It’s fairly easy to become sensitive to the grand appearance of something legendary — especially after almost 35 years of being dormant. Jeff Lynne’s ELO returned to the U.S. with resounding force and traveled through time and space to get here, with Denver being the third stop on their cosmic journey. If that’s not exceptional, then nothing is. People waited light years to experience something as momentous as this. After ELO’s break in 1986, no one knew if they would have the chance to feel unequivocally electrified again. This miraculous performance truly awakened the noteworthy sensation that anything in the world is possible and that dreams do come true.
Folk-rock band Dawes joined the musical voyage and is igniting the eve of every ELO showdown on the tour. Their compelling style cultivated a fresh perspective for listeners far and wide. Seemingly exposing a storytelling essence, their sense of soul held powerful reverberation. The audience was visibly partial to the tracks yet believably unfamiliar with the group but quite enthused nonetheless. Their most recent album Passwords was a promoted staple in their display while tapping into previous songs to satisfy the hopeless romantics. Dawes perpetually wanted to relay ambiguous messages with their belting nature which felt like an illustration of life’s theme music based on overcoming hardships and battles.
Following the unexpectedly pleasant opener was the world-renowned Jeff Lynne and his tantric ensemble containing a whopping 12 eclectic musicians. Lynne’s galactic shuttle and co-captain Mike Stevens penetrated the stratosphere and intoxicated the passengers who were all ready for take-off. Blasting into the night, “Evil Woman” embarked the historically monumental adventure into euphoria. Suddenly, the entire venue transformed into a timeless cosmic vessel. It’s believable that Lynne was orbiting the Earth in a time capsule before landing because his performance sounded solid and astronomically fossilized.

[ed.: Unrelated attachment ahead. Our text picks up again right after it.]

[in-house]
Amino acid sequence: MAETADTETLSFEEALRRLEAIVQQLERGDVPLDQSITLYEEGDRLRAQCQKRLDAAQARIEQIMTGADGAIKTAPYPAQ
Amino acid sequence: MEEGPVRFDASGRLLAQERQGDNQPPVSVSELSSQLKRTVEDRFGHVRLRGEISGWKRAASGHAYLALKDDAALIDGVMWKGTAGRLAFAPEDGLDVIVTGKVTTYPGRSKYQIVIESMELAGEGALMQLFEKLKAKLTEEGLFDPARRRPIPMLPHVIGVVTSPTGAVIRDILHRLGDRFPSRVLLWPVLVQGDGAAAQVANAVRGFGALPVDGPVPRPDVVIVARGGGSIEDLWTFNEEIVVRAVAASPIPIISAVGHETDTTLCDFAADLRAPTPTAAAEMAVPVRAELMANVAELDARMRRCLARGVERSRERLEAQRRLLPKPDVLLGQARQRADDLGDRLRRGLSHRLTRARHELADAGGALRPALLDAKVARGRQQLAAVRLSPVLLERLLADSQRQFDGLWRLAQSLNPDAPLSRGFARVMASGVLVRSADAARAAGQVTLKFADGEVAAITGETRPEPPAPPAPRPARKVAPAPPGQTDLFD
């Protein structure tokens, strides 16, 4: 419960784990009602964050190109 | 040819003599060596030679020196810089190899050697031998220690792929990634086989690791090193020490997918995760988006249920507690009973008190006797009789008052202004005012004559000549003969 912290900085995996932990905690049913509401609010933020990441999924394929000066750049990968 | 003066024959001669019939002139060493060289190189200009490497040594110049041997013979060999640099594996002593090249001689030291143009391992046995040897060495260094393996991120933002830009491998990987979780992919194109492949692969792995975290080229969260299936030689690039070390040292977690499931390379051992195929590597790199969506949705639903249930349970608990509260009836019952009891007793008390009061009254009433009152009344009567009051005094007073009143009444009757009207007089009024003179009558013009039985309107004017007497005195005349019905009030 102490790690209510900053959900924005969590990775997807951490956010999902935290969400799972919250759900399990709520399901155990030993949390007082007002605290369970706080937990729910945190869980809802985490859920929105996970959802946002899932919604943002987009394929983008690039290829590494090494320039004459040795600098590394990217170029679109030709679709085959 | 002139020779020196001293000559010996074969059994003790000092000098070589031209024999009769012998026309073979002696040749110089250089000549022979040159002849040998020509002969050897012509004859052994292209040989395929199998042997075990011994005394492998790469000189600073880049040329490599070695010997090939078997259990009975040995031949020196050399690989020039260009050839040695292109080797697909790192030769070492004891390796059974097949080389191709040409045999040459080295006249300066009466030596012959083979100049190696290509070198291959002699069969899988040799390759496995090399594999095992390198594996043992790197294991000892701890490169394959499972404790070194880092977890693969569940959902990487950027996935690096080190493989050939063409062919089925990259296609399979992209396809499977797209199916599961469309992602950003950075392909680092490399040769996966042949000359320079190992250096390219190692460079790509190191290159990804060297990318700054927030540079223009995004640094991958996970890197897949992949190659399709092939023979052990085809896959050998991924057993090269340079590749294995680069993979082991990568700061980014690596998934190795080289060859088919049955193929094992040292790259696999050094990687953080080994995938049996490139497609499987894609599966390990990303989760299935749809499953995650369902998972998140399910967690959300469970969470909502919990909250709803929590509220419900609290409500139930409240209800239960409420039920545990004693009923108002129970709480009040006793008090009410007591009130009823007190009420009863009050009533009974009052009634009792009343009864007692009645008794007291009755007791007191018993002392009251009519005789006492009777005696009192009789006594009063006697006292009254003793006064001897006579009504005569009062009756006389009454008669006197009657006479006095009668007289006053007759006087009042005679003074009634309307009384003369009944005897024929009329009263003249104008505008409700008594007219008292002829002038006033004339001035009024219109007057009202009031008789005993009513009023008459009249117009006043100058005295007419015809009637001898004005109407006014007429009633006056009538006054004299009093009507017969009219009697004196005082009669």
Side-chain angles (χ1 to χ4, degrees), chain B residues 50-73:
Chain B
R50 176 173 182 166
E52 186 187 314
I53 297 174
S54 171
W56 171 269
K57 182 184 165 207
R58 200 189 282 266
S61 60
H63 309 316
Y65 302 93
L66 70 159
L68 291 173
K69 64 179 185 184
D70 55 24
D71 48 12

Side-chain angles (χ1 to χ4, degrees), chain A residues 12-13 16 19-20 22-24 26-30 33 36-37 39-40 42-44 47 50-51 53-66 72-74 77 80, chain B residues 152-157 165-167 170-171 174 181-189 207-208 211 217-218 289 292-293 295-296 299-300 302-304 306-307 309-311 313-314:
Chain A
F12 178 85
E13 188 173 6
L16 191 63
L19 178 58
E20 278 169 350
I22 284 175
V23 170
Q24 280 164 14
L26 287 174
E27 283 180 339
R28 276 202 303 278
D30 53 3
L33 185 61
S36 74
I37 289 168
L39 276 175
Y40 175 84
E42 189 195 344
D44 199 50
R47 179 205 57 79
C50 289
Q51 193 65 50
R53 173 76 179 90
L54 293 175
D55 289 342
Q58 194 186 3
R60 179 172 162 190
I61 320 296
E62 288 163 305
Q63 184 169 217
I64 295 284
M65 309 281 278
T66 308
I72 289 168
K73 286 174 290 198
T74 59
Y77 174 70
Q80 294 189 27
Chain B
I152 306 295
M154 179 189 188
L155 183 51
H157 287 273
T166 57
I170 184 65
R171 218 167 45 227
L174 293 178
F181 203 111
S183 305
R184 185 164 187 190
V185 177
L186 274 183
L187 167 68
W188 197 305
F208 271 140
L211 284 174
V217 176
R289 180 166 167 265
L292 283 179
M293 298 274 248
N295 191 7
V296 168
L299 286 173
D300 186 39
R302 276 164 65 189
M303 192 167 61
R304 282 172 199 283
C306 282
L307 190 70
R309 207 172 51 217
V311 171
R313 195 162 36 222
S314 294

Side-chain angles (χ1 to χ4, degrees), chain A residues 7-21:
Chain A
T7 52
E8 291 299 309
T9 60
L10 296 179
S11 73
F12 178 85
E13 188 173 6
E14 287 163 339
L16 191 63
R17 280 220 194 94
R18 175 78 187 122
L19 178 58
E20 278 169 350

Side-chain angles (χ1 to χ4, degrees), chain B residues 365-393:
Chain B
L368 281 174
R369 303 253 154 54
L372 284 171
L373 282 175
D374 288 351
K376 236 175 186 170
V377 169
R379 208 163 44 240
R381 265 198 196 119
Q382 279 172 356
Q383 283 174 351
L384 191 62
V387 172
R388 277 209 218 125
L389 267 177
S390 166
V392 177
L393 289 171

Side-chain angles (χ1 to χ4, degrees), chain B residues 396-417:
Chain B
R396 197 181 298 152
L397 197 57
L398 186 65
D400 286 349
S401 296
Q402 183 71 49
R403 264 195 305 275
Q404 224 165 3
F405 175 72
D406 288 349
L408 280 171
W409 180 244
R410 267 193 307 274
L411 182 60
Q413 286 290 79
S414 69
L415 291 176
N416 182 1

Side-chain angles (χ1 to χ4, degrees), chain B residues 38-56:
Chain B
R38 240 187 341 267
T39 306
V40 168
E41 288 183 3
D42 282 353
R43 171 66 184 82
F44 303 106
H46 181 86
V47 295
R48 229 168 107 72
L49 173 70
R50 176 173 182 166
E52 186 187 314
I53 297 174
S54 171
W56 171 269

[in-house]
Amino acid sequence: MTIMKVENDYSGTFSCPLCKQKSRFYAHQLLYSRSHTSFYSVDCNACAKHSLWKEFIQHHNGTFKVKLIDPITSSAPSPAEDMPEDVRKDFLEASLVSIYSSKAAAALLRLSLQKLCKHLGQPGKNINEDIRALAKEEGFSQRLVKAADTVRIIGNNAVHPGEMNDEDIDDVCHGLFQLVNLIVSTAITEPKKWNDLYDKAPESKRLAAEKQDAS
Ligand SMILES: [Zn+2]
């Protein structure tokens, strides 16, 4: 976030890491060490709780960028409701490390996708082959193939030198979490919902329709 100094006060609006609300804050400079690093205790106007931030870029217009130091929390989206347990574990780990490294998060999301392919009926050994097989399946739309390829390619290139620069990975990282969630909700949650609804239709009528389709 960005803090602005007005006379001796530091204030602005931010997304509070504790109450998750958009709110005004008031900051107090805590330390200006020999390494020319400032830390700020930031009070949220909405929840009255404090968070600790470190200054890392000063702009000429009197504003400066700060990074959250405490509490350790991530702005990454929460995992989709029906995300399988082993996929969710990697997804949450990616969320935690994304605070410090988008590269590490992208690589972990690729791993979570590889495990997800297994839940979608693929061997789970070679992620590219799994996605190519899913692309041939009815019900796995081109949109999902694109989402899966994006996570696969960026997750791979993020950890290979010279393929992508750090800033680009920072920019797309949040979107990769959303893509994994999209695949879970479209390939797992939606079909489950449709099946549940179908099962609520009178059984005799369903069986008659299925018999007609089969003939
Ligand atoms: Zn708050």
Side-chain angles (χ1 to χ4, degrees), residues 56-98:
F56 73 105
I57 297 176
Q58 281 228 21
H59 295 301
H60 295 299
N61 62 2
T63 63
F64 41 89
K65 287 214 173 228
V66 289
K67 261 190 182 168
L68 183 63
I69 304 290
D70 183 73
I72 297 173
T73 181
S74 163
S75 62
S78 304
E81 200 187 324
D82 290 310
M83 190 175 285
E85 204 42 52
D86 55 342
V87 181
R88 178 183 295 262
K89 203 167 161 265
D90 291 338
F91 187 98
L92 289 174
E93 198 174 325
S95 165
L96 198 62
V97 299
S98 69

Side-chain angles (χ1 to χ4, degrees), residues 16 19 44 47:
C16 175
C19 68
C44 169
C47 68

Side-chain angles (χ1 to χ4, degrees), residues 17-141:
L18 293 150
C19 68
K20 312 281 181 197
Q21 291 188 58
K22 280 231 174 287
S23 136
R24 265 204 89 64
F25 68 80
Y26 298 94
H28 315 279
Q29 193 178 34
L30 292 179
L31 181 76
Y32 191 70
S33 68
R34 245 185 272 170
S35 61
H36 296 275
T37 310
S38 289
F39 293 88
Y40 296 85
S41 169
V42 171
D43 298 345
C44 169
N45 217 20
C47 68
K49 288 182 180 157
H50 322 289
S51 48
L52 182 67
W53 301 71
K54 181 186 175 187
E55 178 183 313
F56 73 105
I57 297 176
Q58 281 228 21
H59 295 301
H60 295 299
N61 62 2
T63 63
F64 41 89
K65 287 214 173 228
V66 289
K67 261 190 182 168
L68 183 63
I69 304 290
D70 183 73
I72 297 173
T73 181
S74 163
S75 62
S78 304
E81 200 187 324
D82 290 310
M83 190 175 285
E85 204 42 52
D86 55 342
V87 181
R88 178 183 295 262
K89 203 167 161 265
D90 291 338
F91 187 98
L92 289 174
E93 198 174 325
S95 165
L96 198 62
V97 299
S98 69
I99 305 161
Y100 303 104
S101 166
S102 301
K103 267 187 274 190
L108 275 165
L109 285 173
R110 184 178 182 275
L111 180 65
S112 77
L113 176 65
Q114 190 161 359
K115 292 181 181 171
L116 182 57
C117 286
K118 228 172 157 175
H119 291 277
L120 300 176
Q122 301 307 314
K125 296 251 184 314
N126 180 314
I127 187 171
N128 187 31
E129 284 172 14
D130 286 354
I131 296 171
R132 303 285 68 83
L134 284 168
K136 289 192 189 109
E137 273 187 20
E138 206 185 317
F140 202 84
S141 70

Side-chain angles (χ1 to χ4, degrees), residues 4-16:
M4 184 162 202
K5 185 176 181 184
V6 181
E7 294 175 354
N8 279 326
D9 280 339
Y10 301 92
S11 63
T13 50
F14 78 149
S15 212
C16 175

There was clearly a colossal amount of energy that had built up throughout the years which was thoroughly expended through tantalizing light projections. Listeners were utterly shocked at the heart-pounding performance which demonstrated astonishment for even Lynne himself. Without hesitation in between tunes, ELO made every livin’ thing hit home in the cosmos with classics such as “Can’t Get It Out Of My Head,” “Sweet Talkin’ Woman,” “Turn to Stone,” “10538 Overture,” “Shine A Little Love” and threw it back to “Handle With Care” from his glorified Traveling Wilburys moments. 1976 must have resonated with Lynne as a few songs from A New World Record were proudly featured in his arrangements.
Every traveler propelled deeper into the symphonic rock void where orbs of reflective light evidently hypnotized the crowd — who seemed to be either standing the entire time in a stoic manner or sitting because it possibly meant too much to stand. Although viewers seemed enraptured by the performance, there was still a lingering expectation that they should remain less composed. ELO’s extraterrestrial presence painted an image of futuristic iconography complimented by classical arrangements and compositions. A designated hovering graphic spacecraft consumed the screen which also depicted the band’s historical video footage that carried you away to the previous planet where ELO was alive in the ‘70s.
Towards the final nostalgic descent, the musicians expressed their deepest sentiments with songs from Lynne’s most recent album Alone In The Universe and almost ended the evening with one of his most profound songs “Mr. Blue Sky,” which is where it should have landed. After a space-shaking standing ovation, ELO returned to the stage to perform “Roll Over Beethoven” which sealed the night’s exploration through time. Throughout the years that have passed, the tears that have shed, the children that were born and the death we have faced — Jeff Lynne’s ELO remains alive and kicking.
All Photography by Zena Ballas